Monday, May 30, 2011

Sancho Panza on Social Security and similar private sectorplans

Sancho Panza, the illiterate but clever and witty sidekick of Don Quixote, has a few comments and questions about our Social Security and related programs.
We call it Social Security Insurance, but it doesn't insure.
We call the payments into the program "contributions", but they sure look like taxes.
We talk about funding, but there's no fund.

We talk about earned benefits, but from whom did we earn them, if not ourselves?
So why do have Social Security Insurance anyway, and more importantly, why do we call it what it isn't?
Why don't individuals simply contribute to their own 401k or IRA and skip the entire Social Security complexity? In other words, why not allow an opt out feature?
But if I'm not permitted to opt out and am required to pay taxes into Social Security by my elected political representatives, for whatever reason, good or bad, why can't I get some clear and simple explanation as to why it is good for me, or if it's not good for me individually, then what portion of my "contributions" go to help my fellow citizens, and why it's good for them and our country, too?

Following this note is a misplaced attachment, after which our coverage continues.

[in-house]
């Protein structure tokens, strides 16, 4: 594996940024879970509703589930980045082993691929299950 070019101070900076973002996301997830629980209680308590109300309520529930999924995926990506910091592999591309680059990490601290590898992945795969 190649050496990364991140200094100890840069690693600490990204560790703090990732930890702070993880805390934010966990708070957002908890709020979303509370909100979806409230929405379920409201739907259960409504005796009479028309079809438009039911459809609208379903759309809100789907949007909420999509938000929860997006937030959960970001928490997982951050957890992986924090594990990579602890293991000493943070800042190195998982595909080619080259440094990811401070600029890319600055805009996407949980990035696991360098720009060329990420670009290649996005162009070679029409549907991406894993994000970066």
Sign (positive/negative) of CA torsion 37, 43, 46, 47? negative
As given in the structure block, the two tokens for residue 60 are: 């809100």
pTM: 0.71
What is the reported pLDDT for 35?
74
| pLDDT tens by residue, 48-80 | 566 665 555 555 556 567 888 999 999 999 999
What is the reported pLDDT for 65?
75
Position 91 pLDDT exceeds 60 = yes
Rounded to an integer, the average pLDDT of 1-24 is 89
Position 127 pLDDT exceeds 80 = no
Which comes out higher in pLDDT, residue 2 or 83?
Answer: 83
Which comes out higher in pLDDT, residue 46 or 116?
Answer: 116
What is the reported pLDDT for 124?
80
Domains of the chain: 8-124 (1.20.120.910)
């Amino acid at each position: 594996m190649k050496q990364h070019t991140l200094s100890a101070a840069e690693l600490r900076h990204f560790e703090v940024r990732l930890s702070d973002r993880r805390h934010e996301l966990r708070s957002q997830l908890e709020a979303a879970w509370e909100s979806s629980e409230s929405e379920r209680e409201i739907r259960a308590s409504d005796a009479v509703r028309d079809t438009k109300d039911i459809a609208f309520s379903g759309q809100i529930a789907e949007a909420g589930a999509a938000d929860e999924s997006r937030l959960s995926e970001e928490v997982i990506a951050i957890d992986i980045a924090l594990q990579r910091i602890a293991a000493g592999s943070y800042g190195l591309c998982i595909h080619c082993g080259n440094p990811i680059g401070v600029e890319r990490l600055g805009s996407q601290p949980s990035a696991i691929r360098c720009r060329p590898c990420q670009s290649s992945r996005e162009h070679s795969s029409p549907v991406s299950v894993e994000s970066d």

Let's now briefly compare the main features of Social Security and private sector pension plans.
Private sector pension plans are funded on an ongoing basis and have clear and explicit actuarial assumptions about how much the periodically funded amounts are expected to earn over time, thus creating an available pool of money which can be used at old age to pay retirees monthly benefits until death. Annuities offered by insurance companies follow the same formula. The benefits are defined. Hence, we call them defined benefits plans. The corporate sponsor or insurance company, as the case may be, assumes the risk of having adequate growth in the fund to provide the benefits promised to the plan participants.